Case Study - Cashmere Flat

Designed and constructed using reinforced concrete slab-on-ground and reinforced concrete masonry systems, this Cashmere flat emerged unscathed from the Canterbury earthquakes – unlike the weatherboard house on the same section.

Built five years ago by Firth Industries’ Southern Regional Manager, Dominic Sutton, for his mother-in-law, the two-storey flat makes extensive use of Firth 20 series (reinforced) masonry blocks with a concrete mid floor and a RibRaft® foundation.

The Firth RibRaft® system is an innovative method of concrete floor construction that is quick and efficient to lay and offers great strength and insulation benefits.

The system uses polystyrene pods, steel reinforcing rods, plastic spacers and RaftMix™ concrete. Each of the components fit simply together, dramatically reducing labour time and costs.

RibRaft® complies with the specifications of the Department of Building and Housing approved flooring solutions for the Christchurch rebuild.

The evidence of just how well concrete systems performed during the recent Canterbury earthquakes is apparent not only in the uncompromised flat, but also in the Sutton Family’s severely damaged weatherboard home that sits only metres away on the same property.

Built in the late 1940s on a more traditional unreinforced foundation, the Sutton Family home did not stand up to the second big earthquake to hit the region, unlike the flat.

Come February 22 our house exploded and the foundations are now broken and ruptured in multiple places,” says Sutton.

 

The Cashmere flat sustained no structural damage during the Canterbury earthquakes.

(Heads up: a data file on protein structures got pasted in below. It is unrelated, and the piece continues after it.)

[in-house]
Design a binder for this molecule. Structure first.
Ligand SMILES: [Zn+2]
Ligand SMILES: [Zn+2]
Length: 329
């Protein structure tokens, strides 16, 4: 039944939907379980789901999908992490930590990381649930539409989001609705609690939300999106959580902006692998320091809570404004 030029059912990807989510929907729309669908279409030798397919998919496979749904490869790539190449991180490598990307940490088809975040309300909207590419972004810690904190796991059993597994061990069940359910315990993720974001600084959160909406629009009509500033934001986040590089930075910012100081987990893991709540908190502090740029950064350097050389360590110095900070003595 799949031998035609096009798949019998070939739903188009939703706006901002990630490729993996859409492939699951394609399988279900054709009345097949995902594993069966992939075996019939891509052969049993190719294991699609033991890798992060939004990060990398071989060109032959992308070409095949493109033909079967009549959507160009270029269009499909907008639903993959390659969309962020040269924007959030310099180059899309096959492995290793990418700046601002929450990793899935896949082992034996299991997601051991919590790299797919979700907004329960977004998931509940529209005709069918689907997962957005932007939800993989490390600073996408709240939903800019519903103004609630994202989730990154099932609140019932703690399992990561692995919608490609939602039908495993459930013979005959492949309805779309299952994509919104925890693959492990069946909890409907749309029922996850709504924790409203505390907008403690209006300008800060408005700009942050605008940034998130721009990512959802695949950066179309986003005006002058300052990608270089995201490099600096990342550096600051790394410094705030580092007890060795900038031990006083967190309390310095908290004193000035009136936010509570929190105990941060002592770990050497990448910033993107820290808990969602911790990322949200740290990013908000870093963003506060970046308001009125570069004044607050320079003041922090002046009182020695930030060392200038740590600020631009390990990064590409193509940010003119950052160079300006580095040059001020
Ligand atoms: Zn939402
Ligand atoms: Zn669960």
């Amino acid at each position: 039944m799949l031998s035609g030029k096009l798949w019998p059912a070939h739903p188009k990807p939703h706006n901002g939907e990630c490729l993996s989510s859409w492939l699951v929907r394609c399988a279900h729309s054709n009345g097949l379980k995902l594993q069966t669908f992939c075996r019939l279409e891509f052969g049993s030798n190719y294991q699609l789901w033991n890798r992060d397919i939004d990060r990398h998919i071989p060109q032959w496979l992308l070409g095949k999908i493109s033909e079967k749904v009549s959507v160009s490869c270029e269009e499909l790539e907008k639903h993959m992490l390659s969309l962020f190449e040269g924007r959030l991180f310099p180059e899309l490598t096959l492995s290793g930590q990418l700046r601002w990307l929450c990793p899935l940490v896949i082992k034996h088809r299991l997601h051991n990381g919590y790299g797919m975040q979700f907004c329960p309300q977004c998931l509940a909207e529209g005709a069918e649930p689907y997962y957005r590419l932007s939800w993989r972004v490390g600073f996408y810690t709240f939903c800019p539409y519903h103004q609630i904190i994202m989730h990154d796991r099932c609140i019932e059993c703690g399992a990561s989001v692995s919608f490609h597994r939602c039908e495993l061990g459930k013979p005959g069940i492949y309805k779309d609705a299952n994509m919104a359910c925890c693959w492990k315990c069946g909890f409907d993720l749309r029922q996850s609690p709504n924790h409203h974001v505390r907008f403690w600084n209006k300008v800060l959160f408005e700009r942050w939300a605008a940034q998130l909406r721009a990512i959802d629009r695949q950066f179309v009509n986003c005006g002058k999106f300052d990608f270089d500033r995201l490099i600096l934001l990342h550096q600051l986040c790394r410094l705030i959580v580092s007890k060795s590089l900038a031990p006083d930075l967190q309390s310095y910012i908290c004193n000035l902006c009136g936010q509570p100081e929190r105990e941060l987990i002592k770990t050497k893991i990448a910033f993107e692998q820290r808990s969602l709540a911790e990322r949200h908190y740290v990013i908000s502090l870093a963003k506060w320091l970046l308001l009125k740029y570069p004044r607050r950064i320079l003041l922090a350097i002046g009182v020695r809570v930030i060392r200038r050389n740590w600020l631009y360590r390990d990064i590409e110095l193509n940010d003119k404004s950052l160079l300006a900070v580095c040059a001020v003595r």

The traditional Sutton Family home suffered extensive damage during the earthquakes.

 

Basically the house twisted and vibrated on itself and has now come off its foundation and we have not been able to live in it since then.”

The Sutton family home is in the white zone – which is an undecided hill zone.  It is likely to require either significant repair or a total rebuild.

The reinforced concrete flat had no structural damage at all despite the fact that the two dwellings are immediately next door to each other and would have been hit by the same the shock wave.

“There is some minor cosmetic damage - a small amount of broken GIB board - but my mother in law is still living there,” says Sutton.

“The home acted like a bunker - the RibRaft® would have shaken but all the steel in it would have held everything tight.”

“As the Rib Raft system floats on top of the ground when the ground starts shaking it can largely mitigate the effect of lateral spreading.  It’s very strong compared to the old system. The current building code is far more earthquake specific than it was in 1948.”

Firth was contacted after the first earthquake in September by research engineers who wanted feedback as to the performance and location of existing RibRaft® floors in the Christchurch and Kaiapoi regions.

The September and February quakes have caused significant ground failure around the region, and some homes have sunk by more than 200mm.

Many of the worst affected areas have now been red zoned.

Sutton says he has spoken with many of the occupants of these homes with RibRaft® floors and they are very pleased with their purchasing decision to pay a bit more for this type of floor.

“The DBH foundation solutions guide suggests six or so ways of building foundations to cope with liquefiable soils and the RibRaft® system complies with their requirements,” says Sutton.